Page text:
Thursday, January 08, 2009
No, this is not my first car . . . it's not a car and it's not even mine; but rather belongs to our neighbor and is patiently awaiting my attention to get it running in order to pursue its mission of delivering round-haybales on the wagon behind to his hungry cattle. In an effort to get it running again after a rude stoppage, my neighbor installed new parts including the distributor cap which allocates spark to the necessary spark plug at the necessary time to keep the engine running. Of course he, as most of us would, ripped out all eight wires from the old cap and then tried but failed to re-assemble those 8 wires into the new cap in the proper order; a fools journey! Anyone who knows numbers will tell you, as I will, that there are over 40,000 ways to arrange 8 things ordered in a series of 8.
This does bring me to my first car: a Faded-blue 1956 Ford Fairlaine Coupe V8 (a coupe is defined by the fact that there was no post between the front and rear windows allowing for much airflow in the summer with all windows down, handy with no A/C) which I got for $100. Course, first thing I did was rip out all the wiring, including the 8 plug wires, to allow a thorough cleaning of the engine area. Which became sparkly clean and spiffy. But where do those plug wires go?? I was lax in my planning and haphazard in my approach; unfortunately this is still a basic flaw of mine -- among other things I always underestimate mileage to somewhere and fail to correct for it. I don't recall how my brothers and I did it --I must have had some clues because I doubt we ran through the 40,000 possibilities-- but since the battery was dead we had to push it around the block several times changing the plug wires every 50 feet or so after popping the clutch , in second, key on, see if it would start. The feeling I had when it finally roared into life is comparable only to catching your first fish or getting that first kiss. Off we went zooming about with no insurance which meant not taking the car out of the neighborhood. I never did drive it much after that. But I remember how to do plug wires as my neighbor can attest (I let him bring his truck to roaring life just to watch the smile.)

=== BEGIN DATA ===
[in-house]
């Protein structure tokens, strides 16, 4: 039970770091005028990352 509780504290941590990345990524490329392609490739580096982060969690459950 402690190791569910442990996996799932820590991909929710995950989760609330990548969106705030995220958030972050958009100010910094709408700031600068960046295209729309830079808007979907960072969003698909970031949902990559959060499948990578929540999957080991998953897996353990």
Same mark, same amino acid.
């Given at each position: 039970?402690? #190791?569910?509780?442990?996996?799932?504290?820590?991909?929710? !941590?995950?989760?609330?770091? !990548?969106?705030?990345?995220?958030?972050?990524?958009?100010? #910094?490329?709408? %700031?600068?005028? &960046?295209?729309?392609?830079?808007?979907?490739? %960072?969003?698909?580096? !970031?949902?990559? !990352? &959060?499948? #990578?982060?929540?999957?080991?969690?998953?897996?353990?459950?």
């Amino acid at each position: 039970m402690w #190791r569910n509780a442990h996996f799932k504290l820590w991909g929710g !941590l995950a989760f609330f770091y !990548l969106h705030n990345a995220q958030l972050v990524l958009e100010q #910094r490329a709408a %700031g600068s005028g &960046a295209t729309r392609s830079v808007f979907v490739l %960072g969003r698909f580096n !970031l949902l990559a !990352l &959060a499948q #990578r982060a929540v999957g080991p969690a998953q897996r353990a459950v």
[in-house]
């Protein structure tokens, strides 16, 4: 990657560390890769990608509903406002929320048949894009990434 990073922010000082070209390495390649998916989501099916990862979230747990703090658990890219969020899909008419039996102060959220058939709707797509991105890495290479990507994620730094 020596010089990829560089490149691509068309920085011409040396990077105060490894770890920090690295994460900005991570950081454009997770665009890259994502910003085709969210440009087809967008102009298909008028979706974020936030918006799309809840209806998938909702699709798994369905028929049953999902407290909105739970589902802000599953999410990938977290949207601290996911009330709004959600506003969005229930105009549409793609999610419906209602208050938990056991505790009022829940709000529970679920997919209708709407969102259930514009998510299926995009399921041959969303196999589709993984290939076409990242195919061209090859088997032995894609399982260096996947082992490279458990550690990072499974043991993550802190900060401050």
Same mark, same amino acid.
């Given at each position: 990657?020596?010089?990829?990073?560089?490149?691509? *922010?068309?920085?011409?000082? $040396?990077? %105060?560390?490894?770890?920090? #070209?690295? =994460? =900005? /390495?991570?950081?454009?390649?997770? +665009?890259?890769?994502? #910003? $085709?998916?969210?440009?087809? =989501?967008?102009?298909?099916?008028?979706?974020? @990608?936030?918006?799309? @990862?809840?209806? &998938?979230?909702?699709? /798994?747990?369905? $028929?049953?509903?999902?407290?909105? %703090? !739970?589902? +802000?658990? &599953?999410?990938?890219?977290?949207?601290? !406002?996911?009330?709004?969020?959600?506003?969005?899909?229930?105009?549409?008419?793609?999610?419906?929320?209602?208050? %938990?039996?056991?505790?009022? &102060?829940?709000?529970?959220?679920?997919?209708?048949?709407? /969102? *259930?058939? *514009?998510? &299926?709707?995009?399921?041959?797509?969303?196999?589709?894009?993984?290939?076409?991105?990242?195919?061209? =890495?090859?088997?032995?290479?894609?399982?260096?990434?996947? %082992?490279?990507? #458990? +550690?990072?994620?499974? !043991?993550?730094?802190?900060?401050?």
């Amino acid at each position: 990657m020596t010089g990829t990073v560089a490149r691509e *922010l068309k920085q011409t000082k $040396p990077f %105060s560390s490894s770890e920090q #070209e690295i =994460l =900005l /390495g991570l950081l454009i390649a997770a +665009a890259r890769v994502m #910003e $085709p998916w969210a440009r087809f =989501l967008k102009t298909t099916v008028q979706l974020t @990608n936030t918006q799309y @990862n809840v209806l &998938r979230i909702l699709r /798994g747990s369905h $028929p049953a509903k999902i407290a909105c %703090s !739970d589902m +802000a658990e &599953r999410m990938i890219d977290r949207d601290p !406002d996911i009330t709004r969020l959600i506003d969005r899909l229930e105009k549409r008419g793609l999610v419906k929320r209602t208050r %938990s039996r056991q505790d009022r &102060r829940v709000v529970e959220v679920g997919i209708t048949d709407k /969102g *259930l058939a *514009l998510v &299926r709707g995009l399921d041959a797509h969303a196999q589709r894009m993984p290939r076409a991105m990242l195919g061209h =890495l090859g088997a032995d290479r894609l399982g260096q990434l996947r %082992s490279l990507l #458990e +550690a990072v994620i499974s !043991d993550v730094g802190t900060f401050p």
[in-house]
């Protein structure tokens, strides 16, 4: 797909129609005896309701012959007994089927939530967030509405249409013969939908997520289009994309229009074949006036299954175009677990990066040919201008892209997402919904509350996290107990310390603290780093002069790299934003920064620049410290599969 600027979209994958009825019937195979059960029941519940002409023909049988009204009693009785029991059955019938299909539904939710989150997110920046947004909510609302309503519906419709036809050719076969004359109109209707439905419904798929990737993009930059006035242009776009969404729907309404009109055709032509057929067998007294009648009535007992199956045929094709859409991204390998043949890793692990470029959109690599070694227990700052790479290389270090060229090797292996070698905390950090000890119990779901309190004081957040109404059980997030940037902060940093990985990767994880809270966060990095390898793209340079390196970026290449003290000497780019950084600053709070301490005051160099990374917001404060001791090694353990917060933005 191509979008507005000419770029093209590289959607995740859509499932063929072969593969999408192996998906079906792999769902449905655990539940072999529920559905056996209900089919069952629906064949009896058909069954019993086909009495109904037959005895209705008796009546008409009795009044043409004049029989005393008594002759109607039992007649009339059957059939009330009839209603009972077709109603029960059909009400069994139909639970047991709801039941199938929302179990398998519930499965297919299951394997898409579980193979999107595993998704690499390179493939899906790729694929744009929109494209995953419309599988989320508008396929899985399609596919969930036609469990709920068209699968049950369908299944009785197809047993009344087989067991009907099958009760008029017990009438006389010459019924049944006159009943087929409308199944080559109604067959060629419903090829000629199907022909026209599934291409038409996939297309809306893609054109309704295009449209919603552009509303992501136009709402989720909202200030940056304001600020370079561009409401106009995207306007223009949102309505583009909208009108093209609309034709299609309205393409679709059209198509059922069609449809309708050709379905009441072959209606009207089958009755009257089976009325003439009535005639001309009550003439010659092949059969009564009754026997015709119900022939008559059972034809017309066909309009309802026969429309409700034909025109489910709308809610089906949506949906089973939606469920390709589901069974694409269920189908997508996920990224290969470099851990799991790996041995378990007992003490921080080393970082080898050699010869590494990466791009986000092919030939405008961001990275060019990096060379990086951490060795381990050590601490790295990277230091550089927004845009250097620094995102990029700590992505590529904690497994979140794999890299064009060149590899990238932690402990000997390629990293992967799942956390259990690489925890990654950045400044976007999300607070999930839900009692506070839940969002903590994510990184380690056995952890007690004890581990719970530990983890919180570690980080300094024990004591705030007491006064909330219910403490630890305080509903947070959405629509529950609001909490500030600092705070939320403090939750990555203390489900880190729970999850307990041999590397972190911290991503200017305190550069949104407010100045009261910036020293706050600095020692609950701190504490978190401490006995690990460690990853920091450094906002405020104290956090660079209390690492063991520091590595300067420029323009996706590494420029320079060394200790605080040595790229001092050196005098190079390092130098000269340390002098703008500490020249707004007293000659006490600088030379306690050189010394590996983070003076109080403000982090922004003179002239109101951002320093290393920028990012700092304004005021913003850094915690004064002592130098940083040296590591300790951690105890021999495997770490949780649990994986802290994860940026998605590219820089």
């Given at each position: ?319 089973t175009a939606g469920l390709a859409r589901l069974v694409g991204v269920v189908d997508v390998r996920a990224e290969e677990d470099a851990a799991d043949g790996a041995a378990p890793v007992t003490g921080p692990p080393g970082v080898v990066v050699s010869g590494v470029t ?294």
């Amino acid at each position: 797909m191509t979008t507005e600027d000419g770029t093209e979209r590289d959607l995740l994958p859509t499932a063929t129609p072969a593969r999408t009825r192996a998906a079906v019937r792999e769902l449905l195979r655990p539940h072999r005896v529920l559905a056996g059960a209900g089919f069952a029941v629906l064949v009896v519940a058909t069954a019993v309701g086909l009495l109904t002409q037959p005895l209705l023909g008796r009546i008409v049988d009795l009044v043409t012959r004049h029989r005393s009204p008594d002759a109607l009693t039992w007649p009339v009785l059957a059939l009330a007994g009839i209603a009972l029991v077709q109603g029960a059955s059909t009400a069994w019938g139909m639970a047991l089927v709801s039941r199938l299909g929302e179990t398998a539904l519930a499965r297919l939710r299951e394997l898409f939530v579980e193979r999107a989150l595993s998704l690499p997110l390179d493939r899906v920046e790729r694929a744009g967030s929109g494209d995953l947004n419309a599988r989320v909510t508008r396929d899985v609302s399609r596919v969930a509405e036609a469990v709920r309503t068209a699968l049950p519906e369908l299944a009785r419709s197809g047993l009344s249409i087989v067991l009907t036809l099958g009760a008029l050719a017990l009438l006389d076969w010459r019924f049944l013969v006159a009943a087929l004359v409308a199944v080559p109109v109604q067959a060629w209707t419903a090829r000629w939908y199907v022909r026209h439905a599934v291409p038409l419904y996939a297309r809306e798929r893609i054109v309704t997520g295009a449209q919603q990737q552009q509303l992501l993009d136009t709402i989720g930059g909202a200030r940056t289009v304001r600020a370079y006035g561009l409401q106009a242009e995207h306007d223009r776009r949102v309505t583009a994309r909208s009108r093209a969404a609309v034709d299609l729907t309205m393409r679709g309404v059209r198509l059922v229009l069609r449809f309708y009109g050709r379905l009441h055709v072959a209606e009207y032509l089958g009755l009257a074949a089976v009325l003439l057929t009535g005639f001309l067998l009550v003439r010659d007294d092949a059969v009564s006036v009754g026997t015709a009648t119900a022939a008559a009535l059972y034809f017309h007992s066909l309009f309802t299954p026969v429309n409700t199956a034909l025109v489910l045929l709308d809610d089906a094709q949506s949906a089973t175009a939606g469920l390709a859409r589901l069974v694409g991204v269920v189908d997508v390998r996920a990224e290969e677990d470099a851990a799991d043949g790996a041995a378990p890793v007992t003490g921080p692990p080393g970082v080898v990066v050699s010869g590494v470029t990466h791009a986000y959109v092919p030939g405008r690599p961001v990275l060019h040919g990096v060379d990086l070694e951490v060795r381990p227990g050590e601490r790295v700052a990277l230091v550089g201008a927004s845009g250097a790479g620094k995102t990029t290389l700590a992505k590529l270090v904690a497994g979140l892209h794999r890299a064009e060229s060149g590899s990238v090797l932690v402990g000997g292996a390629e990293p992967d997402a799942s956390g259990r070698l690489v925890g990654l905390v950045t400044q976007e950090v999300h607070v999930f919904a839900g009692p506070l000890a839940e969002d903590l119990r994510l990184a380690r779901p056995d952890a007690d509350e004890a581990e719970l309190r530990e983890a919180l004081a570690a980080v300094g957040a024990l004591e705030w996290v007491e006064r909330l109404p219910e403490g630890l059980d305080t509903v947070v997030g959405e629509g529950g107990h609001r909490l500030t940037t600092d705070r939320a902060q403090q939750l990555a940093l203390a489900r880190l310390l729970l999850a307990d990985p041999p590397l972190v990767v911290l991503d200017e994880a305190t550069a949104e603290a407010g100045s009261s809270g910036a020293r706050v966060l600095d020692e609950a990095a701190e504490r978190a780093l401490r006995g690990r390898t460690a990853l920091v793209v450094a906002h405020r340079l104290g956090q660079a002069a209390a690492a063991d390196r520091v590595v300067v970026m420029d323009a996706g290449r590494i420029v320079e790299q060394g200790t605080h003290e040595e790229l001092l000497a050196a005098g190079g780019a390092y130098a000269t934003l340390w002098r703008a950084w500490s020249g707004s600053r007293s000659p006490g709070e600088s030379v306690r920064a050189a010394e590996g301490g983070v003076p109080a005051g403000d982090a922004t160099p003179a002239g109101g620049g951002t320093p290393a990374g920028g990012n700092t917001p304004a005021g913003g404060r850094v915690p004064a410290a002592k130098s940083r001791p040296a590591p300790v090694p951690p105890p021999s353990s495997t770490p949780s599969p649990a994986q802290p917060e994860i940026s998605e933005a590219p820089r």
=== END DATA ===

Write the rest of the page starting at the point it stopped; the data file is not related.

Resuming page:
Car probably still resides at the bottom of a limestone bluff on the Missouri river north of St. Louis where my brother disposed of it after I left home. Since then I have owned 11 cars or trucks and 1 cycle and never regretted getting rid of any of them!